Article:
However, you can’t just simply construct any building cards you get your hands on. Each building has a construction cost, with the more expensive buildings being more powerful and worth more victory points. Similar to other card games like Race for the Galaxy, this cost is paid by discarding other building cards from your hand. So, playing a 4-cost building will require you to discard 4 other building cards. As you can see, constructing buildings will quickly deplete your hand.

There is also a time and place for everything. Similar to Puerto Rico, actions become available when players choose roles. Every round, the starting player or Governor gets to choose a role to play. Once every player has played the action associated with that role, the next player gets to select a role. This continues until every player has selected a role for the round. The starting player position then moves to the next player and the role selection begins again.

There are 5 roles in the game. When the Builder role is selected, every player gets to construct a building. When the Councilor is selected, every player gets to draw cards and choose one to keep. Selecting the Producer role allows production buildings to produce their goods, while the Trader role lets players sell their goods for more cards in hand. The Prospector role is slightly different in that it only allows the player who selects it to draw a card. Being the player who selects the roles also provides benefits. For example, the player that chooses the Builder role can build at a reduced cost, while the player that chooses the Producer role can produce an extra good.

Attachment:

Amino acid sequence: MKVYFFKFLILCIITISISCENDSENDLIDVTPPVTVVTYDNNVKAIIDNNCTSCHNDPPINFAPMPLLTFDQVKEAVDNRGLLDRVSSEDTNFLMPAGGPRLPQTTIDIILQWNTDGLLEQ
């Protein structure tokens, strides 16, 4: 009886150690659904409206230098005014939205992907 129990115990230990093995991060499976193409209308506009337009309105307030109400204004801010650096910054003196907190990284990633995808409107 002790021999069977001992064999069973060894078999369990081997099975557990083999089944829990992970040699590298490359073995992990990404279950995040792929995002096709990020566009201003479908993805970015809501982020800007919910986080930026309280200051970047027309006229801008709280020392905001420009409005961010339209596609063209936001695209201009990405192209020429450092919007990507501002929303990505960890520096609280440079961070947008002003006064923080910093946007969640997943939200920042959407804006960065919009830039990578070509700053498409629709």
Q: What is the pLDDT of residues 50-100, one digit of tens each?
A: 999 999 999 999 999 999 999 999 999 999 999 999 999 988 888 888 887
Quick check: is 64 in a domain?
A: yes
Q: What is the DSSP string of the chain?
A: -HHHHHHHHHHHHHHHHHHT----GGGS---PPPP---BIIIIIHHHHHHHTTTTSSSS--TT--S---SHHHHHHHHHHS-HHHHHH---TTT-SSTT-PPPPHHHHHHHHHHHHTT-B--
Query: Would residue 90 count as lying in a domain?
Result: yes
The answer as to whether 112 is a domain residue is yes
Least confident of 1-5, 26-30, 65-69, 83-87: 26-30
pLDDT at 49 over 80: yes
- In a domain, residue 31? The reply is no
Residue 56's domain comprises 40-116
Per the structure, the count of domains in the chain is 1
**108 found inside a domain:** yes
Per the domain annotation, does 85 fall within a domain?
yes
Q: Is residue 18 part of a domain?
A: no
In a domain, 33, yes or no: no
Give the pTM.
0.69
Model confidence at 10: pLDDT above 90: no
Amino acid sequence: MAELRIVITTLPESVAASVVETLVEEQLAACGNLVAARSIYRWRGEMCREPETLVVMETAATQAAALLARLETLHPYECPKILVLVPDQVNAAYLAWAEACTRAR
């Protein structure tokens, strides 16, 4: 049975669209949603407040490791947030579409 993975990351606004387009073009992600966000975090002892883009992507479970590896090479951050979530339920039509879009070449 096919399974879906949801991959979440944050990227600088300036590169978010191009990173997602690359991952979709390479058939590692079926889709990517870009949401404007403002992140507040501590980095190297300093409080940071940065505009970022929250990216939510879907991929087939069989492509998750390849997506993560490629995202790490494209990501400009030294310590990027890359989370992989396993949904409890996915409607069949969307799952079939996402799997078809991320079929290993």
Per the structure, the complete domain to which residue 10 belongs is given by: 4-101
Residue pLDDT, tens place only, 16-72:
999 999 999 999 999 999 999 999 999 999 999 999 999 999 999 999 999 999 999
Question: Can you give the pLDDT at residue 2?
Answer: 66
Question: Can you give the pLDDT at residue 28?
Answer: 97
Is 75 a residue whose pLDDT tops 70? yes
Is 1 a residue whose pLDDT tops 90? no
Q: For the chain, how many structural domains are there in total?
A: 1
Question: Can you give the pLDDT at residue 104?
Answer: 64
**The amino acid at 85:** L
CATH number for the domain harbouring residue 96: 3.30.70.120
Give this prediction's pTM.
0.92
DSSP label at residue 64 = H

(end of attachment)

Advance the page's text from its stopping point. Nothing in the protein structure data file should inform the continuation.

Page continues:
There are plenty of buildings in San Juan, each of which confer powerful abilities to help you win the game. There are production buildings that allow you to produce and sell goods such as sugar, tobacco and coffee. Selling these goods is crucial as it helps you replenish your hand with more cards in order to construct more buildings, or even to find a building you want to construct. Other buildings that change the game environment include the Aqueduct which allows its owner to produce one more good, and the Market Hall that gives you an extra card when you sell a good.

There are also end-game buildings that have a variable victory point value. For example, the Palace is worth 1 victory point for every 4 victory points you have, while the Guild Hall gives you 2 victory points for every production building in your estate. Your goal in the game is therefore to construct a combination of buildings which will keep your hand constantly supplied with cards, and which mesh well together to provide an efficient path towards earning the most victory points.

As San Juan is derived from the Puerto Rico board game, a comparison between the two would be prudent. The most obvious difference is the game speed, with a game of San Juan taking less than half the time of a Puerto Rico game. The resource system has also changed; in San Juan, rather than having a separate currency resource, the building cards themselves are also the currency. San Juan does not have the ability to ship goods or man buildings with colonists. The associated Captain and Mayor roles are therefore not present. San Juan instead adds the Councilor role which helps players cycle and draw cards. There are also a couple of other minor tweaks to streamline the game to fit a fast-paced card game.

San Juan is an elegant and successful card game version of the best-selling Puerto Rico economic strategy board game, bringing to life the commercialization and industrialization of the sleepy Caribbean town. The game is quick and intense, and the gameplay is straightforward enough for beginners, yet has enough depth to keep experienced players entertained. San Juan is ideal for you if you like economic strategy and role-drafting board games such as Agricola or Puerto Rico, or similar card games such as Race for the Galaxy.

Complexity: 2.5/5.0

Playing Time: ~ 45 minutes

Number of Players: 2 to 4 players

You can read more about San Juan at

About The Author
Steven maintains the board game review website at – a website devoted to the best and latest board and card games. You can read game reviews and customer comments via this website.